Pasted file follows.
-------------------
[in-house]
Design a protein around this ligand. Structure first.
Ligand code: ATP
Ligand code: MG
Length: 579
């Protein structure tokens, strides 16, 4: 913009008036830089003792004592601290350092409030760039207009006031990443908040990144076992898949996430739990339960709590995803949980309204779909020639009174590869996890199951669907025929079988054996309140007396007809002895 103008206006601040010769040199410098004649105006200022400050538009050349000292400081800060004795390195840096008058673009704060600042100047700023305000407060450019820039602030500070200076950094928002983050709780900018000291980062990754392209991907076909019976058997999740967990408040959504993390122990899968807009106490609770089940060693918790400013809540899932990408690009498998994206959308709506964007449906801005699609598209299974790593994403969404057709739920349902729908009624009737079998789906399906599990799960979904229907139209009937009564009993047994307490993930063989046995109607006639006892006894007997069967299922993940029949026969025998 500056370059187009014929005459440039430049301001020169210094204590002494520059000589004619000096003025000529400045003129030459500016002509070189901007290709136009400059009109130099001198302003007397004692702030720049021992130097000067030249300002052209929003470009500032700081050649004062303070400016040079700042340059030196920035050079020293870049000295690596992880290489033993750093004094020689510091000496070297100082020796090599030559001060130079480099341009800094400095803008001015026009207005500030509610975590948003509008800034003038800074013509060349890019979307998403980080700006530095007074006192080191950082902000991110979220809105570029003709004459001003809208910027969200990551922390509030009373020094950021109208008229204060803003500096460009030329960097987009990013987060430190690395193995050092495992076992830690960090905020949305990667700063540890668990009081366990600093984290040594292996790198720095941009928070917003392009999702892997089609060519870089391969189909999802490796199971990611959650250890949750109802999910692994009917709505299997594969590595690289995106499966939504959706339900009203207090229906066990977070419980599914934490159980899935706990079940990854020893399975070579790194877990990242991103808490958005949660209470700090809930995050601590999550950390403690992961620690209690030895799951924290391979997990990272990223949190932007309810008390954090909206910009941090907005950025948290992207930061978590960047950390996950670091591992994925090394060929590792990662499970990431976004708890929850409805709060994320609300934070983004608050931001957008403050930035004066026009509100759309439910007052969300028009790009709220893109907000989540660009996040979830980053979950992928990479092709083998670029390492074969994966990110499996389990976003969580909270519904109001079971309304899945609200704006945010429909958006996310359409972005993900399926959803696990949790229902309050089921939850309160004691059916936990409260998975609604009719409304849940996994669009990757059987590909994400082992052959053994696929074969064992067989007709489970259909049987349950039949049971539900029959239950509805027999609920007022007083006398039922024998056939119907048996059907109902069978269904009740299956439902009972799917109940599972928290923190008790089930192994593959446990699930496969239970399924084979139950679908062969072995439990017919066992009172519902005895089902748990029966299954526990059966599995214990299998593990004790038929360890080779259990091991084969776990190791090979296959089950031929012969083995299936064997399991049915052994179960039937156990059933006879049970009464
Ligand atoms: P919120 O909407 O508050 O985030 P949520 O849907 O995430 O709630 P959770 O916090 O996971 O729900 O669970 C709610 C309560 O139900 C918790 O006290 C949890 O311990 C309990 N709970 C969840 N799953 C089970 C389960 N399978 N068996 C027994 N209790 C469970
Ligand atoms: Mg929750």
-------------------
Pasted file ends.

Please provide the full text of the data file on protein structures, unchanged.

[in-house]
Design a protein around this ligand. Structure first.
Ligand code: ATP
Ligand code: MG
Length: 579
């Protein structure tokens, strides 16, 4: 913009008036830089003792004592601290350092409030760039207009006031990443908040990144076992898949996430739990339960709590995803949980309204779909020639009174590869996890199951669907025929079988054996309140007396007809002895 103008206006601040010769040199410098004649105006200022400050538009050349000292400081800060004795390195840096008058673009704060600042100047700023305000407060450019820039602030500070200076950094928002983050709780900018000291980062990754392209991907076909019976058997999740967990408040959504993390122990899968807009106490609770089940060693918790400013809540899932990408690009498998994206959308709506964007449906801005699609598209299974790593994403969404057709739920349902729908009624009737079998789906399906599990799960979904229907139209009937009564009993047994307490993930063989046995109607006639006892006894007997069967299922993940029949026969025998 500056370059187009014929005459440039430049301001020169210094204590002494520059000589004619000096003025000529400045003129030459500016002509070189901007290709136009400059009109130099001198302003007397004692702030720049021992130097000067030249300002052209929003470009500032700081050649004062303070400016040079700042340059030196920035050079020293870049000295690596992880290489033993750093004094020689510091000496070297100082020796090599030559001060130079480099341009800094400095803008001015026009207005500030509610975590948003509008800034003038800074013509060349890019979307998403980080700006530095007074006192080191950082902000991110979220809105570029003709004459001003809208910027969200990551922390509030009373020094950021109208008229204060803003500096460009030329960097987009990013987060430190690395193995050092495992076992830690960090905020949305990667700063540890668990009081366990600093984290040594292996790198720095941009928070917003392009999702892997089609060519870089391969189909999802490796199971990611959650250890949750109802999910692994009917709505299997594969590595690289995106499966939504959706339900009203207090229906066990977070419980599914934490159980899935706990079940990854020893399975070579790194877990990242991103808490958005949660209470700090809930995050601590999550950390403690992961620690209690030895799951924290391979997990990272990223949190932007309810008390954090909206910009941090907005950025948290992207930061978590960047950390996950670091591992994925090394060929590792990662499970990431976004708890929850409805709060994320609300934070983004608050931001957008403050930035004066026009509100759309439910007052969300028009790009709220893109907000989540660009996040979830980053979950992928990479092709083998670029390492074969994966990110499996389990976003969580909270519904109001079971309304899945609200704006945010429909958006996310359409972005993900399926959803696990949790229902309050089921939850309160004691059916936990409260998975609604009719409304849940996994669009990757059987590909994400082992052959053994696929074969064992067989007709489970259909049987349950039949049971539900029959239950509805027999609920007022007083006398039922024998056939119907048996059907109902069978269904009740299956439902009972799917109940599972928290923190008790089930192994593959446990699930496969239970399924084979139950679908062969072995439990017919066992009172519902005895089902748990029966299954526990059966599995214990299998593990004790038929360890080779259990091991084969776990190791090979296959089950031929012969083995299936064997399991049915052994179960039937156990059933006879049970009464
Ligand atoms: P919120 O909407 O508050 O985030 P949520 O849907 O995430 O709630 P959770 O916090 O996971 O729900 O669970 C709610 C309560 O139900 C918790 O006290 C949890 O311990 C309990 N709970 C969840 N799953 C089970 C389960 N399978 N068996 C027994 N209790 C469970
Ligand atoms: Mg929750």